Liberated from the Dead Hand ...
Lev Anninskiy describes his encounters with censored and uncensored history in Soviet Russia.
I was eleven years old in 1945 when the war ended, and my mother and I both gradually came to terms with the fact that my father would never return from the front line. In public we continued to wait, but inside ourselves we had said goodbye. A new chapter in my life started: my mother allowed me to take Father’s books from the shelf.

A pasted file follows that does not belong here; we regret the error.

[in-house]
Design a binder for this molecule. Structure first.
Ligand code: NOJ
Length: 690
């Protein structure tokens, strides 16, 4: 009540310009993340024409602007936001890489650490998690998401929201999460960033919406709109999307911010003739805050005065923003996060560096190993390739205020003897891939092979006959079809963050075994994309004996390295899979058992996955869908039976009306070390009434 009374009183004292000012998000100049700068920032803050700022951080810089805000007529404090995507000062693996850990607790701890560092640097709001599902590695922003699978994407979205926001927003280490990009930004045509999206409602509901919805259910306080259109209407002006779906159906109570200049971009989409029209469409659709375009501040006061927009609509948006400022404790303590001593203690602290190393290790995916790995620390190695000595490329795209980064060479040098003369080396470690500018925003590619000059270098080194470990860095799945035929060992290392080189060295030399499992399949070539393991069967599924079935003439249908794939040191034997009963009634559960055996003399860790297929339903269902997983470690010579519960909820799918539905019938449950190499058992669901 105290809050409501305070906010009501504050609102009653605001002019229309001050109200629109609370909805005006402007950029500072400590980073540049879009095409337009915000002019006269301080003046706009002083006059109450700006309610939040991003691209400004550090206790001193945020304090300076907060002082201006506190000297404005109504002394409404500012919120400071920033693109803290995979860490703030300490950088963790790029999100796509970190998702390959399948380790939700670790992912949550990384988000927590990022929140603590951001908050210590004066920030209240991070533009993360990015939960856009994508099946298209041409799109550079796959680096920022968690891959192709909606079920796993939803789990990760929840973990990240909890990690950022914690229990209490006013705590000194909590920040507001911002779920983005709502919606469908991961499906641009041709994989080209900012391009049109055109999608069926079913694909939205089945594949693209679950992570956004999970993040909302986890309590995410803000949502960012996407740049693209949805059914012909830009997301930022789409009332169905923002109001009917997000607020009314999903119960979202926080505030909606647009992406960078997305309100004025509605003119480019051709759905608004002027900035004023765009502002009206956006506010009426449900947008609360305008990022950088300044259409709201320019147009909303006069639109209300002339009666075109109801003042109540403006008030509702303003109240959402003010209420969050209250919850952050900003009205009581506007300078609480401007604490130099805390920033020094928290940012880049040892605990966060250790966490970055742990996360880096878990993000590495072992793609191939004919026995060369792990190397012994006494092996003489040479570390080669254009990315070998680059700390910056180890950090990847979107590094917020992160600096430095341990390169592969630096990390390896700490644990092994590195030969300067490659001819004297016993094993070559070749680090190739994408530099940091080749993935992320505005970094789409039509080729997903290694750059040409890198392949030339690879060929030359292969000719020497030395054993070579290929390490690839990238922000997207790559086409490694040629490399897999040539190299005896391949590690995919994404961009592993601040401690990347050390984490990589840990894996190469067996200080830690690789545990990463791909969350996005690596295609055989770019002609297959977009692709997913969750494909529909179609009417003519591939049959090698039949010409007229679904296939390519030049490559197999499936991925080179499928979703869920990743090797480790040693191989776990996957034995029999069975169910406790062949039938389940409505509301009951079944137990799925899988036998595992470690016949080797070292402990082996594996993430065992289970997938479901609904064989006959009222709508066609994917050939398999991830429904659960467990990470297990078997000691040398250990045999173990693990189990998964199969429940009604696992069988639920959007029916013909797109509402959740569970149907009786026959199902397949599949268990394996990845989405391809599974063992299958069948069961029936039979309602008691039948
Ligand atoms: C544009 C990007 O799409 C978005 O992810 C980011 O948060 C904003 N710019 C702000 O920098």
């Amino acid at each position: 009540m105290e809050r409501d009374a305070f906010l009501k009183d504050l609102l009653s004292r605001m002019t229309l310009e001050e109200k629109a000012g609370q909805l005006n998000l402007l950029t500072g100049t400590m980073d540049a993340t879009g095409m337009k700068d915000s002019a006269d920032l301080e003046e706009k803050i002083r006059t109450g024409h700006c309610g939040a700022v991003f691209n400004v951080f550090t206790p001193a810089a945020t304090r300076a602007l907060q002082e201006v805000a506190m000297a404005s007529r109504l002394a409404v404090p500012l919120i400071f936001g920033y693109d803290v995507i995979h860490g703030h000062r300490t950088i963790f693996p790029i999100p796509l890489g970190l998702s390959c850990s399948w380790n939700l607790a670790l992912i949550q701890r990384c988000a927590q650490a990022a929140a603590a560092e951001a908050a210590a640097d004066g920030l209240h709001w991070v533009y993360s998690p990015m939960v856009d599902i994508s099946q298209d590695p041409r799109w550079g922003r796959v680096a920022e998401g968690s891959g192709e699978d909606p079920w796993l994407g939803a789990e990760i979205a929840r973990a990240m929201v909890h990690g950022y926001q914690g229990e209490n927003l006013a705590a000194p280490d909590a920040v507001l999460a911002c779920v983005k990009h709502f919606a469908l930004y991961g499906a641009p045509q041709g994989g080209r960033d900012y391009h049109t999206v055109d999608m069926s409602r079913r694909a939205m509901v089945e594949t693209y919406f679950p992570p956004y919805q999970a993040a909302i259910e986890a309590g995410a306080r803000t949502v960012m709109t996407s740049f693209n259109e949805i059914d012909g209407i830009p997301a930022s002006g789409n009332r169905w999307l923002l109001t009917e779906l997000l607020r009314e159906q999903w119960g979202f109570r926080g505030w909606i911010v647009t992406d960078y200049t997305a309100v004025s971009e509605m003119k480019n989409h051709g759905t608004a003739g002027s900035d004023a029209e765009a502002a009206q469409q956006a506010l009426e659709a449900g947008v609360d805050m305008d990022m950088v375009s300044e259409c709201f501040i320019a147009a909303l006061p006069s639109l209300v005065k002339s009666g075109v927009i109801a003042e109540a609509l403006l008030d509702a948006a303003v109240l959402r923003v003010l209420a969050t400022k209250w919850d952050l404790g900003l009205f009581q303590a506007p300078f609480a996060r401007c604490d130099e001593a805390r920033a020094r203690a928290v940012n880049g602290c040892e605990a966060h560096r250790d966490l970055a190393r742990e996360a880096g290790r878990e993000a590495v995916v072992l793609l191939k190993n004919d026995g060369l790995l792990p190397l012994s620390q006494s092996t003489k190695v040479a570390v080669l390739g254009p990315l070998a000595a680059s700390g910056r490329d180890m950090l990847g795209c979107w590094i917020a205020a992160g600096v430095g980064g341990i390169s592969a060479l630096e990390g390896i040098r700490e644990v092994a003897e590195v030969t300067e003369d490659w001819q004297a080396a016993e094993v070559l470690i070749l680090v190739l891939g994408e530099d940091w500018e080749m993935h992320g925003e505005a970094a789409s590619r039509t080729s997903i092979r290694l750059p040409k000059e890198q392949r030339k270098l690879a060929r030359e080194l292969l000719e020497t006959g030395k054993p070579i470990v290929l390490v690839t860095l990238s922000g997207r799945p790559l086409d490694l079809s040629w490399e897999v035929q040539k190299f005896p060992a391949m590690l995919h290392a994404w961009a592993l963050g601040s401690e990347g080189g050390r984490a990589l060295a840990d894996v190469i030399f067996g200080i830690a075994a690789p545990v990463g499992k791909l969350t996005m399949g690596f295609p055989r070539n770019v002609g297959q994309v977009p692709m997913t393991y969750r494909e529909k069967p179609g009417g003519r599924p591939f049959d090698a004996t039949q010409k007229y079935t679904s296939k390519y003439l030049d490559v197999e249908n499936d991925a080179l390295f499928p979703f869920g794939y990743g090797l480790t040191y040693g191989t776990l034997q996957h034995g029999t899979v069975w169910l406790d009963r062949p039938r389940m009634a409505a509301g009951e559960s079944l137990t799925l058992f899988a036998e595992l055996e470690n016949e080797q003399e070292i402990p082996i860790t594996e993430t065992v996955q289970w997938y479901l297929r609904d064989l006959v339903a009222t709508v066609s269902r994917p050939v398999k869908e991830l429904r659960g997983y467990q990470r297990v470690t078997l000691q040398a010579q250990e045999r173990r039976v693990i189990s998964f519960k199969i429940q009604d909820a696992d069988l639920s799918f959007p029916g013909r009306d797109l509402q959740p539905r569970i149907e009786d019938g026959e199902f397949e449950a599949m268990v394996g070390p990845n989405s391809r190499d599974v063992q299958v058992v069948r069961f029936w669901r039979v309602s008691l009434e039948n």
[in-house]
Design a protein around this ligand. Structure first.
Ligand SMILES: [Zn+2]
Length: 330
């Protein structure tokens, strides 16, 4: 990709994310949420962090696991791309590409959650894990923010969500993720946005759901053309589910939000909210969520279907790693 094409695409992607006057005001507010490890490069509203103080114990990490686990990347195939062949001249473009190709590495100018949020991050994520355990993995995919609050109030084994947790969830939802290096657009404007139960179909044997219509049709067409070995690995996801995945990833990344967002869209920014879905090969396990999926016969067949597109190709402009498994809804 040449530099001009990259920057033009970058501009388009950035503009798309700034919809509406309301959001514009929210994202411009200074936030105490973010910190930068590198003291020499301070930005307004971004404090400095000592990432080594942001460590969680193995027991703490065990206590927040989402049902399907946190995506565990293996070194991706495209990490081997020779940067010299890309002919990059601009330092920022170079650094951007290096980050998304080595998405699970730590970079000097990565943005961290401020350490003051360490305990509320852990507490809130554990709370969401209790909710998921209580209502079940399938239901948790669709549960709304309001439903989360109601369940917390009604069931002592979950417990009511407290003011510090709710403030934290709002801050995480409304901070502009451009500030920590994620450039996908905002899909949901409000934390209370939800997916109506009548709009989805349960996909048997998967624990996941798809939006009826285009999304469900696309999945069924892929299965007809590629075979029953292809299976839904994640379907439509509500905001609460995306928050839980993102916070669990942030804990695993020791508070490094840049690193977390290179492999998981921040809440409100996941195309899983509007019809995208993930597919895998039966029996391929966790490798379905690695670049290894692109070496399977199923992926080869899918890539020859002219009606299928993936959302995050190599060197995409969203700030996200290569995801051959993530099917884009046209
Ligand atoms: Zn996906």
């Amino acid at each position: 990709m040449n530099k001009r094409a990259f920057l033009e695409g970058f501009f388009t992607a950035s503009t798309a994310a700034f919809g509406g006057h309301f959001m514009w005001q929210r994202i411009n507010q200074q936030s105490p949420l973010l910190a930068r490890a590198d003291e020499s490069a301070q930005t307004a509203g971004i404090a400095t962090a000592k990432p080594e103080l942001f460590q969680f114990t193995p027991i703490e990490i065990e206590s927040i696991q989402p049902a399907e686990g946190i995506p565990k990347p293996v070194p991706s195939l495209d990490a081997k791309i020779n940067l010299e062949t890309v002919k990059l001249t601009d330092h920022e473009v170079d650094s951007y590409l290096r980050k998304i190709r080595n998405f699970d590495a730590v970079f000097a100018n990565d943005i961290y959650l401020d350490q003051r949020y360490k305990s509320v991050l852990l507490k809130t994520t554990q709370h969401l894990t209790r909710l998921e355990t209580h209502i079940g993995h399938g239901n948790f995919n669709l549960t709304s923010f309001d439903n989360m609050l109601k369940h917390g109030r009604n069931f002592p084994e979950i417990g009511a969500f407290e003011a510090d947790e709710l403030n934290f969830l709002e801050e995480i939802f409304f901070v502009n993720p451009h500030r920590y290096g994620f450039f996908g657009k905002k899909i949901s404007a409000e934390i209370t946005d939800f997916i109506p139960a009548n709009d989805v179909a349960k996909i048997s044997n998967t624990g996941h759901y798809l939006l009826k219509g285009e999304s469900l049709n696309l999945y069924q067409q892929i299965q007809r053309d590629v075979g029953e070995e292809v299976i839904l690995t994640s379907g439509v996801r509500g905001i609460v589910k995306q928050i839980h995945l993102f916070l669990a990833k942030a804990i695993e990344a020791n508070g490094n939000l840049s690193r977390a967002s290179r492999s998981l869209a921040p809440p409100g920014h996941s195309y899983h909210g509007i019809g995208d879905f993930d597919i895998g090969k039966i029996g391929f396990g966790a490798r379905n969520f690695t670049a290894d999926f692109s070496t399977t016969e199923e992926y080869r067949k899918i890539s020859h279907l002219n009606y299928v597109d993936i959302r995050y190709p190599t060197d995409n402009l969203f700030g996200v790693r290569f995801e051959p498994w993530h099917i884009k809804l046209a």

I neglected the works of philosophers like Vladimir Solovyov, novelists such as Tolstoy and all the books with no pictures in them. Instead, I was captivated by four nineteenth-century tomes on Russian history, which had illustrated capitals, heroic battles and portraits with haloes round the heads of the saints. The author was Nyechvolodov. (Many years later, when reading Solzhenitsyn, I found a lukewarm compliment to him.) The tomes had been stamped by some pre-revolutionary people’s college. Eventually I found out how my father came to have them: in the 1920s they had been condemned by the Soviets to be destroyed and my father, a young Komsomol (member of the Communist youth movement), stole them for himself.